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With regards to this posting: iPhone - dealloc - Release vs. nil

1) [foo release];
2) self.bar = nil;

The explanation was as follows:

  1. Is releasing the object, accessing it through the instance variable bar. The instance variable will become a dangling pointer. This is the preferred method in dealloc.

  2. Is assigning nil to a property bar on self, that will in practice release whatever the property is currently retaining. Do this if you have a custom setter for the property, that is supposed to cleanup more than just the instance variable backing the property.

Could someone please clarify the explanation for #1? Accessed through the instance variable bar ?

E.g I have set a private var in my object header as so:

SomeObject *oPointer;

I am not using a property setter with this pointer in the header file and it does NOT get synthesized when instantiate the object.

In my code, given certain conditions, I later have to allocate and assign this pointer to it's object.

obj = [[SomeObject alloc] initWith....];

So this is now accessed through the instance variable obj. I have a UIButton which is configured to RESET this object it's attached method deallocs it. I do this via:

[obj release];
obj = nil;

After all that explaining the question is, why do I also have to declare the obj = nil? The [obj release] call seems to also kill the pointer. I was thinking that [obj release] would deallocate the memory it's pointing to and also set obj to nil all in one shot but it seems it also kills the pointer because my app crashes when it tries to reference obj after [obj release];

Does this question make sense? Is the explanation simply that [obj release] does ALL cleanup, including killing the pointer and I need to be aware of that?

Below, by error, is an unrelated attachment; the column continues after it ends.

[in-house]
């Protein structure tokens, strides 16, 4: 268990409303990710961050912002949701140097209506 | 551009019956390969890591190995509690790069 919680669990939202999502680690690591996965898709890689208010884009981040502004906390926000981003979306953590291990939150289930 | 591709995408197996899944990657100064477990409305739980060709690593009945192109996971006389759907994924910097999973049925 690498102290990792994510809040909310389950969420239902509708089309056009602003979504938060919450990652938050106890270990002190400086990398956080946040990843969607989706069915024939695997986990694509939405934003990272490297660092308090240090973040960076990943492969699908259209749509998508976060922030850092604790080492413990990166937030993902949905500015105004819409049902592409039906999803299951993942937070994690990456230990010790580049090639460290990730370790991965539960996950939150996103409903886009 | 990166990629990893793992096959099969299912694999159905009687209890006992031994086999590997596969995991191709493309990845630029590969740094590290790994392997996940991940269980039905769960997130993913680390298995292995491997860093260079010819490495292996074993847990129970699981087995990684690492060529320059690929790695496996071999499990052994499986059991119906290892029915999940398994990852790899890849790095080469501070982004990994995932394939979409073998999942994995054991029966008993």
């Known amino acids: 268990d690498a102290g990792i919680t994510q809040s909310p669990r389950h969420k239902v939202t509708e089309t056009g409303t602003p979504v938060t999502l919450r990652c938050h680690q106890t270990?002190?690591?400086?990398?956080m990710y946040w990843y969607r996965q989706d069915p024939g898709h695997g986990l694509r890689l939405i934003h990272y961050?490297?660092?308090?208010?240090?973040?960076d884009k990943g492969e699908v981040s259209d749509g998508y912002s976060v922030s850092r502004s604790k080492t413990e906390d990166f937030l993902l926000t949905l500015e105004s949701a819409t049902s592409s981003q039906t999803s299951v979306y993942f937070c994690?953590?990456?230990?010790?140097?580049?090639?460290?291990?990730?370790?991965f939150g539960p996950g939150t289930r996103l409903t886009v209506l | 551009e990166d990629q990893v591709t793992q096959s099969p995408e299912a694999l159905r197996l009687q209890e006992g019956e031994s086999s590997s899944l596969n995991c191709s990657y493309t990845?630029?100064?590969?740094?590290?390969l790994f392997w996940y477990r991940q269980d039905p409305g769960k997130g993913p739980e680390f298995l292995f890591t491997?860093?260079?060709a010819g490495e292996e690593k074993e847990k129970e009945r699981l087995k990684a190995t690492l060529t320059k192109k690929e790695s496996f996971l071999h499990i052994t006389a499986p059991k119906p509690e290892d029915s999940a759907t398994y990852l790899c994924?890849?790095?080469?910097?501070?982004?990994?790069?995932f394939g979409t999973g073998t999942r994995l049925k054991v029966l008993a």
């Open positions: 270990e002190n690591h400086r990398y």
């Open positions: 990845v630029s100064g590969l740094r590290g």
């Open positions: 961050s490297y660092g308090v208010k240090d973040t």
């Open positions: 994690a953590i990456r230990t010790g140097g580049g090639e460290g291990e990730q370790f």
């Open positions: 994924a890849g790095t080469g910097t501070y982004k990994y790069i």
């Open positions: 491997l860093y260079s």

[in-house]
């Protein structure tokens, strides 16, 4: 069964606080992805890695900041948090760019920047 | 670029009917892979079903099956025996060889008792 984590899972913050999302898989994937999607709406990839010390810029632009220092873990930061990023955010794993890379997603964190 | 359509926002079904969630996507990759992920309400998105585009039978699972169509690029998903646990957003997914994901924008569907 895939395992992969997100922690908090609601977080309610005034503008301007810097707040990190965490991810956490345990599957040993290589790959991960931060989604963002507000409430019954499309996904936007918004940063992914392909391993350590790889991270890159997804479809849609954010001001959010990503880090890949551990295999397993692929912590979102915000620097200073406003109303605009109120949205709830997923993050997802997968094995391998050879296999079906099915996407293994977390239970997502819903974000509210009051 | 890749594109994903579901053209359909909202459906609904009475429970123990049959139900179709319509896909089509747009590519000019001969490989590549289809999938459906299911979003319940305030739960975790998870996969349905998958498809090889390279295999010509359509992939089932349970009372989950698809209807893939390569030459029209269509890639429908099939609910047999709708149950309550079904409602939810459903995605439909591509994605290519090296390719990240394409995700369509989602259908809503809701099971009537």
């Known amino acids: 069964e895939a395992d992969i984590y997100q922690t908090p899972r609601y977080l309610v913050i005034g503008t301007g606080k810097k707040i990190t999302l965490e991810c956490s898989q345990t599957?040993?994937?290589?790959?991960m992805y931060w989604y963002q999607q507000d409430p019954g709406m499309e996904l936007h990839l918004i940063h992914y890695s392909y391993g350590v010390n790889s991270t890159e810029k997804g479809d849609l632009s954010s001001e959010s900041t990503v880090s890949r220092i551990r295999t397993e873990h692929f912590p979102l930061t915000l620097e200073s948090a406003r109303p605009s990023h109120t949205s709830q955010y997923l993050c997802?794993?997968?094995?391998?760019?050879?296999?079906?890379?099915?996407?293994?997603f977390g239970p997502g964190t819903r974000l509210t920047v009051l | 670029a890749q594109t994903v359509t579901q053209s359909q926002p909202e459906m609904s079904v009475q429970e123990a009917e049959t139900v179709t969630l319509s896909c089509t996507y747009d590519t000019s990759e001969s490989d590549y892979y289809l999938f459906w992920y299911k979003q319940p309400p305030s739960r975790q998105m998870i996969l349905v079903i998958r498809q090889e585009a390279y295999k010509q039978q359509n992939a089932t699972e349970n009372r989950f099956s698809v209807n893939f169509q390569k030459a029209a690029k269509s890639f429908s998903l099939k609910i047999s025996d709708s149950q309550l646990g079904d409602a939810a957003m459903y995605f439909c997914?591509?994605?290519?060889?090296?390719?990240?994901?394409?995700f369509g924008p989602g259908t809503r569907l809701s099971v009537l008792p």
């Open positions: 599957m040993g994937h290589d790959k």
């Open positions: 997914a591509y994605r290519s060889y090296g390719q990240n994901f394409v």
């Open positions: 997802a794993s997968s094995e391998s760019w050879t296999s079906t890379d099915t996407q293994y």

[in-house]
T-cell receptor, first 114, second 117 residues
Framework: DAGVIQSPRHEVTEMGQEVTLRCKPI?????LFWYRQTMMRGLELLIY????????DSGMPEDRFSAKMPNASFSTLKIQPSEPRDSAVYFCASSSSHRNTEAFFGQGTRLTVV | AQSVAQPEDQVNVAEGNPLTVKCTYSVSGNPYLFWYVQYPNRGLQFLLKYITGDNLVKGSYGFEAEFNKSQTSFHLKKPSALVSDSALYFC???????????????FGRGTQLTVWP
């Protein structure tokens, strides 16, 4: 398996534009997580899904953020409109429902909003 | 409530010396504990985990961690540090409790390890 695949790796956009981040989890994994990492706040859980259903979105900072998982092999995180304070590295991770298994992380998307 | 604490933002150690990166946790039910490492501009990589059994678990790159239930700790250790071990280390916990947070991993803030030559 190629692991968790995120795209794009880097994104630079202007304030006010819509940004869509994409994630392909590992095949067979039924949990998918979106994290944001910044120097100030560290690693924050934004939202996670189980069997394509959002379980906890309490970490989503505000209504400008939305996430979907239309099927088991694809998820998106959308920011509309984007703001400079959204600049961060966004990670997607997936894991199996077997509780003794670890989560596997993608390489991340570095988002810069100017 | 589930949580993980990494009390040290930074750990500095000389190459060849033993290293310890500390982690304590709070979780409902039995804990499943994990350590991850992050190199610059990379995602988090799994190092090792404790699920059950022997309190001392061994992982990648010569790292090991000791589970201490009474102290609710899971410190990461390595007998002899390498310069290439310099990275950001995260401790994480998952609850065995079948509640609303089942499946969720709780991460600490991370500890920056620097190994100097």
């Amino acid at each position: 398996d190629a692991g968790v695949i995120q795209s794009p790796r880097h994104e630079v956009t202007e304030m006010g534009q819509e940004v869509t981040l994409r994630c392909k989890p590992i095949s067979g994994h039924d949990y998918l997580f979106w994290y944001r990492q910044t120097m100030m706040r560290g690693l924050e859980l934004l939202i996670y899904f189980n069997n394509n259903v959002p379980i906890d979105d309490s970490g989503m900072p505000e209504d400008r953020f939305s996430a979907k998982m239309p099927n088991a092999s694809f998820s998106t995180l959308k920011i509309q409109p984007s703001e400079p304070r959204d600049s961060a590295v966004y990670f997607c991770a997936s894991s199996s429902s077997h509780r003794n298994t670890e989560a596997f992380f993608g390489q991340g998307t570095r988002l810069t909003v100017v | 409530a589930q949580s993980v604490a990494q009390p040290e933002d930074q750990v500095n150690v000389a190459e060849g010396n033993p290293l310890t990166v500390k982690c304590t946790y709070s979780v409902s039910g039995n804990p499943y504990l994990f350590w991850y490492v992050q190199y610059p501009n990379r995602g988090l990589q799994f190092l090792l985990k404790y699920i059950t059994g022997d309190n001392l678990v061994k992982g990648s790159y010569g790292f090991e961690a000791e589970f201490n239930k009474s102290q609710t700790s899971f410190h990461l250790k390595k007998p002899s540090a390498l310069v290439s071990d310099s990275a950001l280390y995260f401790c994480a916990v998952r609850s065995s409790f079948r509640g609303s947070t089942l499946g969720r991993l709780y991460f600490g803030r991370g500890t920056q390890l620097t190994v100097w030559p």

If I set a retain property for the SomeObject pointer would the pointer still be retained after release?

Thanks in advance!

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4 Answers 4

up vote 2 down vote accepted

Calling release will decrease the reference count on obj. If the reference count goes to 0, then it will be deallocated. The pointer obj still points to the same memory location, but accessing it will likely cause the program to crash. Setting obj to nil is not strictly necessary, but reinforces the idea that obj is no longer valid. It can be useful when debugging, or later in the program if you want to optionally re-create obj and use a "if (obj != nil)" check to see if it's been created already.

If you set retain on it as a property, then when it's called as "self.obj = someObj", Objective C will add one to someObj's reference count. You should never call retain yourself on something that is created via alloc-init, since alloc-init already sets the reference count to 1. If you retained that object, then when it was released, the reference count would only go back to 1, and it would become a memory leak.

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Nil is preferable for two reasons:

  • nil is safe to call methods on, whereas a reference that has been released is not.

If it's a retain property, self.thinger = nil; will also call release. If not, it won't.

  • Whether you use retain or assign properties is code that you want to keep DRY, meaning that you don't want to have to switch anything but the assign/retain tag and be done. Using release in your deallocs has to be kept in sync with the properties.

If you use autorelease rigorously, you almost NEVER need to call release yourself except in custom setters for retain properties.

Check out the seminal article on NARC. Autorelease is your friend.

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[obj release]; Decrements the retain count on the object obj points to and potentially causes it to be deallocated. This does nothing to change the obj pointer which continues to point to some location in memory.

obj = nil; Sets the obj pointer to nil. This is recommended but not required. If you do not do this but continue to use the obj pointer then you are likely to accidentally try to access the memory location which used to hold the object you released above. If that object has been deallocate this will result in a crash, or at least unintended behavior. By setting obj to nil you ensure that any future use of obj will send messages to nil with the normal well defined behavior for that.

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Releasing the object still points to the same object. I always do both, ing the viewDidLoad, and the applicationDidFinishLaunching

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